EU calls for U.N. role in Afghanistan
LUXEMBOURG -- European Union foreign ministers have been drawing up a blueprint for a "significant" U.N. role in building a post-Taliban Afghanistan.
The EU is pushing for U.N. involvement in reshaping Afghanistan after the current military campaign against the Taliban regime is concluded.
Leading EU nations are also sounding out Afghanistan's neighbours on the way forward.
"The United Nations is going to play a crucial role. They are the only ones that can guide" Afghanistan's transition, German Foreign Minister Joschka Fischer told the Associated Press.
Fischer is to visit Pakistan, Saudi Arabia and Iran in the next week.
The Luxembourg meeting came two days ahead of a summit of EU national leaders in Ghent, Belgium.
Top of the agenda for the foreign ministers was hammering out a joint strategy on terrorism and rebuilding Afghanistan in preparation for the Ghent summit.
The foreign ministers were building on measures agreed by a joint meeting of home affairs and interior ministers -- also in Luxembourg -- on Tuesday.
Officials said that while there were rumblings in Europe about the U.S. and British air campaign against Taliban targets, officials the EU nations had not considered any call for a cease-fire.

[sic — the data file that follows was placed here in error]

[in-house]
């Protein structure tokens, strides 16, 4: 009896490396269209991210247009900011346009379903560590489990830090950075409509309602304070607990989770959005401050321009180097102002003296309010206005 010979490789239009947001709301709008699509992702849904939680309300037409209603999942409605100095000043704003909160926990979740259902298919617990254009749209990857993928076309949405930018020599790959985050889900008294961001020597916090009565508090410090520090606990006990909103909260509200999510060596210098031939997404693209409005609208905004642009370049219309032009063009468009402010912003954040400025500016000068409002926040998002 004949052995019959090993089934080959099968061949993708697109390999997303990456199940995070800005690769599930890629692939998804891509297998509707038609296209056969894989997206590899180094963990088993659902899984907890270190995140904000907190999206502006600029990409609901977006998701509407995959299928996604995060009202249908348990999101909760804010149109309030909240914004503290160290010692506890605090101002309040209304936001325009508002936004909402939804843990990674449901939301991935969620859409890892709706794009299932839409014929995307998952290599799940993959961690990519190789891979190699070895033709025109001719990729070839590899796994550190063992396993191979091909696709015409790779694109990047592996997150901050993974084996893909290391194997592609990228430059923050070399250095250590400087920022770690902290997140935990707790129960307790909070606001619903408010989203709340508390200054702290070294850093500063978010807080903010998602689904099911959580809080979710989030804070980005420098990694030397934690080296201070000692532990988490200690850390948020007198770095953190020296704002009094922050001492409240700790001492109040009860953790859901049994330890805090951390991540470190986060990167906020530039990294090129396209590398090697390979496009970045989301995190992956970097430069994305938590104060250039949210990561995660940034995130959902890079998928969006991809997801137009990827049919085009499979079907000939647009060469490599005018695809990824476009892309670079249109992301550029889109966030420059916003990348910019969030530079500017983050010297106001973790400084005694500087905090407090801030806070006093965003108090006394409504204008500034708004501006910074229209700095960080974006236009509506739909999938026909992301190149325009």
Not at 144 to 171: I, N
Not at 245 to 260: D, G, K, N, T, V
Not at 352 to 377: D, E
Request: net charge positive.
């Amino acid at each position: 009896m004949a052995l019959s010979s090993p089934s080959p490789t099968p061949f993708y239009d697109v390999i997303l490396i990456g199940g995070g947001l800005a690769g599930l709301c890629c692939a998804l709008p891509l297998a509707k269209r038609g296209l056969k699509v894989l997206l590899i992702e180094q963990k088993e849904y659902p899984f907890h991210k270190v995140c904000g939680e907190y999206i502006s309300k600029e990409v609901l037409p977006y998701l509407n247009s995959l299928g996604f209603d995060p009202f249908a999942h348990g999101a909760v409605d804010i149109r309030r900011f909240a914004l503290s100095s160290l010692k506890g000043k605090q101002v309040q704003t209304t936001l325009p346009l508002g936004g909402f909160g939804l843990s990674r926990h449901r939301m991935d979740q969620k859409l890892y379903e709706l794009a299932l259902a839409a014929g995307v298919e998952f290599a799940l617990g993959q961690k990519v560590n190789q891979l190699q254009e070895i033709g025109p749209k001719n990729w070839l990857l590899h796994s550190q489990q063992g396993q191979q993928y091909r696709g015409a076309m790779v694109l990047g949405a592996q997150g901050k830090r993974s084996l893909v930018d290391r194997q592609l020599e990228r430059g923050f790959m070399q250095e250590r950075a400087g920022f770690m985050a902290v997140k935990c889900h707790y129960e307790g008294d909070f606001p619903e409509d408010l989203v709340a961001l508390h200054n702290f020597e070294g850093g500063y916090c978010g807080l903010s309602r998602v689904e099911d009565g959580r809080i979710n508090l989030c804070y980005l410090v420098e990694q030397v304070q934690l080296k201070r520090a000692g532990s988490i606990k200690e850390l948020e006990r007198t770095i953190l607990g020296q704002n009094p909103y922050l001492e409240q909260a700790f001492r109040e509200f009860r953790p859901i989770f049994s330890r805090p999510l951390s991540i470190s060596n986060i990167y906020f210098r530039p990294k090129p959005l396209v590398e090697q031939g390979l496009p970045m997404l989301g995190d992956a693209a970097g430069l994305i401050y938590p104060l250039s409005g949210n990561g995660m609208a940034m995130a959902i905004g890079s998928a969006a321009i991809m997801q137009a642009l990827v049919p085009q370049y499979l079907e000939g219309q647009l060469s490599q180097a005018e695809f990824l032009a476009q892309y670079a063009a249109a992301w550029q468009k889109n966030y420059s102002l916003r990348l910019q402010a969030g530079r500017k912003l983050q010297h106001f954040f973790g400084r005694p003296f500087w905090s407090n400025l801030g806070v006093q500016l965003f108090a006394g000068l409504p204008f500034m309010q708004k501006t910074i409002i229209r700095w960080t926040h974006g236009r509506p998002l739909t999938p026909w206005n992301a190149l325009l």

"Political support for the United States in its campaign will be underscored at the EU summit on Friday," a German diplomat, who asked not to be named, told the Associated Press. France and Germany have proposed that Afghanistan's ex-king, Mohammad Zaher Shah, who was deposed in 1973, becomes the national figurehead when Afghanistan is reshaped. On Monday, the EU finance, justice and transport ministers endorsed measures to combat global terrorism, including a move to apply money-laundering rules to various serious crimes, not just the illegal drugs trade.
They pledged to freeze assets of terrorists and their organizations and boost airport and airplane security.
The EU will study deploying "sky marshals" on airlines.
Separately, the EU will compensate EU airlines for at least four days of business lost when the United States closed its airspace after the September 11 attacks against New York and Washington and provide war risk insurance coverage through at least November 30.
While in Luxembourg for the talks, British Foreign Secretary Jack Straw telephoned his Israeli counterpart, Shimon Peres, "to express the shock of the British government" at the assassination of tourism minister Rehavam Zeevi.
"It is a deep shock. It is terrible news that underlines the need for there to be a peace process," said Straw. He added the killing underlined above all "the potential of extremists to disrupt that process."
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